Cryptocurrencies have various mechanisms for injecting currency into circulation. Some are necessary to cover actual costs and to keep the network alive (e.g. mining rewards in PoW currencies), some are highly beneficial even if not strictly necessary (e.g. R&D costs and other development grants), but some only exist as artificial constructs for pushing more currency into circulation. For example Algorand’s Participation Rewards seem to fall cleanly into this last category. Many other types of rewards may fall partially into this category as well, if the rewards far exceed the value that is received in return.
In this post I’m mostly concerned of this last category of unearned (or excessive) rewards that are not necessary for the network to function, and are not compensation for any actual costs or innovation, and will argue that such rewards should not be given mainly to those who already have most of the algo, but be distributed much more widely to avoid the extreme wealth concentration that many proof-of-stake cryptocurrencies suffer from, Algorand included.
I believe this is especially problematic (i.e. leading to even higher concentration) for cryptocurrencies that have a fixed maximum supplies and relatively fast distribution schedules, such as Algorand’s maximum supply of 10B algos that is all be distributed within just 10 years.
The many problems that can arise from extreme crypto-concentration range from price instability and lack of economic activity to increased inequality of opportunity and governance by the rich. And as a worst case scenario, if the few at the top can hoard large amounts of (deflationary) currency through the unearned/excessive rewards while encouraging others to “invest” in the currency by purchasing it from the open markets, it may even resemble a pyramid scheme. (I’m not saying that Algorand is anything like a pyramid of course, but there certainly has been examples of other pyramid-currencies in the past 10 years or so, and just being technologically superior to other cryptocurrencies doesn’t mean it cannot happen if the wealth-concentration is high enough.)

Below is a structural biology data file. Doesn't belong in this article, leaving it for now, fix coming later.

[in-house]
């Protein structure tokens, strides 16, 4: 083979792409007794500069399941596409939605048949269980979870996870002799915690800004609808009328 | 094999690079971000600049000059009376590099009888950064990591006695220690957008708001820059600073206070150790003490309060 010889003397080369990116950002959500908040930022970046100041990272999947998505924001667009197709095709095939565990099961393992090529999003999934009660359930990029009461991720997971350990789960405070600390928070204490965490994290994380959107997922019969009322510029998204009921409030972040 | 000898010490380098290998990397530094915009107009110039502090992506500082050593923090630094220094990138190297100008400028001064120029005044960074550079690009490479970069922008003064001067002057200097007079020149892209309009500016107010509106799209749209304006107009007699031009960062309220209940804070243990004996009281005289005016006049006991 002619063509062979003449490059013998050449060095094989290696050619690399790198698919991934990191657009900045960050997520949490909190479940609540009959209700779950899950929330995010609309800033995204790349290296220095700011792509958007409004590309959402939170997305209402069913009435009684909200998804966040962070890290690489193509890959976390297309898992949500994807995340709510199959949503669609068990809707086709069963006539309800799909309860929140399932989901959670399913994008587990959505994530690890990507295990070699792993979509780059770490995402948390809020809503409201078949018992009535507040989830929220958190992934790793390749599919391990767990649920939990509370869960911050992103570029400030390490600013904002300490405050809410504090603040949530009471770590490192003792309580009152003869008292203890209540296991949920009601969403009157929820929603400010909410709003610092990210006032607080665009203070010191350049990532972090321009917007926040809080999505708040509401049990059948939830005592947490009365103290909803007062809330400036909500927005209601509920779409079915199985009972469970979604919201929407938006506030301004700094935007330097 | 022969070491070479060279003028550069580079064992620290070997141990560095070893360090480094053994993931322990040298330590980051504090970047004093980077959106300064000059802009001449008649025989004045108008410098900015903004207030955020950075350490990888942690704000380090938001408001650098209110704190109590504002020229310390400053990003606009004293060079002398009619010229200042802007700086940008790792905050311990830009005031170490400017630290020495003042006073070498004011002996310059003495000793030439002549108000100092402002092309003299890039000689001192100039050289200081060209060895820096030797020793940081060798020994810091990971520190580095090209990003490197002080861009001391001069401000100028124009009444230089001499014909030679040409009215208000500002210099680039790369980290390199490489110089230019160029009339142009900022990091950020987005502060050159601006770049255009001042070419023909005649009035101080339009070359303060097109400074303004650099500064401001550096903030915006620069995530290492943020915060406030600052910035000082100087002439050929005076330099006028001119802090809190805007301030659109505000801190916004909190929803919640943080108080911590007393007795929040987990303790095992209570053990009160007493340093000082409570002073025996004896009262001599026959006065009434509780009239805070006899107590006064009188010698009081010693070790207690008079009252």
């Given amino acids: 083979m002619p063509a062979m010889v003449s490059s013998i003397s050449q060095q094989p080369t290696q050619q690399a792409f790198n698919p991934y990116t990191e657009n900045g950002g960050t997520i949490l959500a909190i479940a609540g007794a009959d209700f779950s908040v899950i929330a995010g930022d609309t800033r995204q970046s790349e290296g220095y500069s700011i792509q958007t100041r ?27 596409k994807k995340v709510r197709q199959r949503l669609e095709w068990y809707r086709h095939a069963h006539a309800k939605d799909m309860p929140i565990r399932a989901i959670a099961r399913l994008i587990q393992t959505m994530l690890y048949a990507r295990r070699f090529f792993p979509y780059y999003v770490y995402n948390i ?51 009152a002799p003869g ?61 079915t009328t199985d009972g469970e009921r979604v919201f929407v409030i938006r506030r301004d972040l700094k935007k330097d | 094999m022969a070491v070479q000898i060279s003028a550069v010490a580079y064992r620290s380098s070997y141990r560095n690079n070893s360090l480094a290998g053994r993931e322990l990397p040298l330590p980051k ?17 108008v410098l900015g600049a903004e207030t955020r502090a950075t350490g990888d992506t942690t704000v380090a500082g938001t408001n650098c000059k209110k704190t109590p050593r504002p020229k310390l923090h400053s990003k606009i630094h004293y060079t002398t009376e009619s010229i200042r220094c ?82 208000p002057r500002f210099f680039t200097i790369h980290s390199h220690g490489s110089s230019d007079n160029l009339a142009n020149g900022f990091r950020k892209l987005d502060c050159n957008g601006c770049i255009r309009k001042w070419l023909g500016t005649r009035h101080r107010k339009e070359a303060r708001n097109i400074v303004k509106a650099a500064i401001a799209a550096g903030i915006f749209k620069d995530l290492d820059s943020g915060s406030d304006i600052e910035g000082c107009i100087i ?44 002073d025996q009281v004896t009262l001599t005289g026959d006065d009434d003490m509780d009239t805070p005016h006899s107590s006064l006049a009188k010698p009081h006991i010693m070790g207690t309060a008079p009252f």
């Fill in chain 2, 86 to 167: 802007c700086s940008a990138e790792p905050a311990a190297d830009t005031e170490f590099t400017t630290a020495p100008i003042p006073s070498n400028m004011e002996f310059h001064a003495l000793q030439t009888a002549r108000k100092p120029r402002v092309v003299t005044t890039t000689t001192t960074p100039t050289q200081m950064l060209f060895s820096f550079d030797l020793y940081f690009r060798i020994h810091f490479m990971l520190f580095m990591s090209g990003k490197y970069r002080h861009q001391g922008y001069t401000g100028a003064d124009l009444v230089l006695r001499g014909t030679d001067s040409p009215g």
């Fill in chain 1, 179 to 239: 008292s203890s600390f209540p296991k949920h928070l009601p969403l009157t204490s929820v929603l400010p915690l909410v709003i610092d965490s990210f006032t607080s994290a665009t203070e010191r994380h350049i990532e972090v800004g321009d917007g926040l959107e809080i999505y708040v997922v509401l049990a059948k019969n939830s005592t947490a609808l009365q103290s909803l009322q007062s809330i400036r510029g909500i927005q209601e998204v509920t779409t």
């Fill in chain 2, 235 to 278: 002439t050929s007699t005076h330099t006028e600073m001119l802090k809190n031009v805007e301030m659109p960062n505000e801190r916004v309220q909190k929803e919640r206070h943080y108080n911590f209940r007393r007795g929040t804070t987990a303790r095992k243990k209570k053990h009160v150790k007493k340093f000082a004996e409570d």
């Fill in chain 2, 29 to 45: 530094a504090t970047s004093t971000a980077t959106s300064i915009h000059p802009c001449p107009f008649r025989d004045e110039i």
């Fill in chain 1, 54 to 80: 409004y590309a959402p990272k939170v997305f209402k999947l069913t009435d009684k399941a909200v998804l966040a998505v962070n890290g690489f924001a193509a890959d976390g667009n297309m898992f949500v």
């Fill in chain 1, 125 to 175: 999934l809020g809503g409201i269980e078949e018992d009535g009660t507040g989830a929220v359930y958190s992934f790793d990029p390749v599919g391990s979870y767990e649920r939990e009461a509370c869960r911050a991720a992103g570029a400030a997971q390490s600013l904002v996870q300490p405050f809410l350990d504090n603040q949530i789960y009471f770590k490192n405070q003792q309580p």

To avoid the problems caused by extreme concentration of the cryptocurrency, and to push for a much wider adoption and increased economic activity (which is the ultimate measure of the usefulness and success of the currency), I propose distributing some of the remaining algos as a worldwide Universal Basic Income, or UBI.
UBI in this case would be an identical sum paid to all individuals regardless of their existing algo balance. (The key difference to current forms of distribution being that UBI is not relative to your current balance, but the same absolute amount that is paid to everyone.)
The exact UBI amount is of course, as always, open for debate. It could be 1 algo per day or something completely different, depending on the amount of algos reserved for the program and the number of individuals participating in it (which I assume would start low and eventually grow very large).
It is true that this would require KYC in some form of verified digital identity (Estonian e-residency being one possibility, given that it is already available to most of the people around the world). It is also true that some current algorand users would not want to have anything to do with KYC and would see it as unfair to be missing out on UBI rewards, but at the same time a lot of new people who don’t see it as an issue would happily participate, leading to a lot wider distribution and adoption of algorand, especially in countries where the cost of living is low. (Don’t forget that international poverty line in the low-income countries is only $1.90 per day, making even small UBI amounts very appealing.) This could potentially jump start a whole new Algorand economy, where algos will be used for actual purchases of products and services, instead of being used mainly for hoarding and speculation as it is today.
For those not familiar with UBI, or not convinced of it’s many benefits to the society, Wikipedia is once again a great place to start learning more: Universal basic income - Wikipedia
Finally, I admit that I don’t actually see any of this happening, but it is a dream worth dreaming.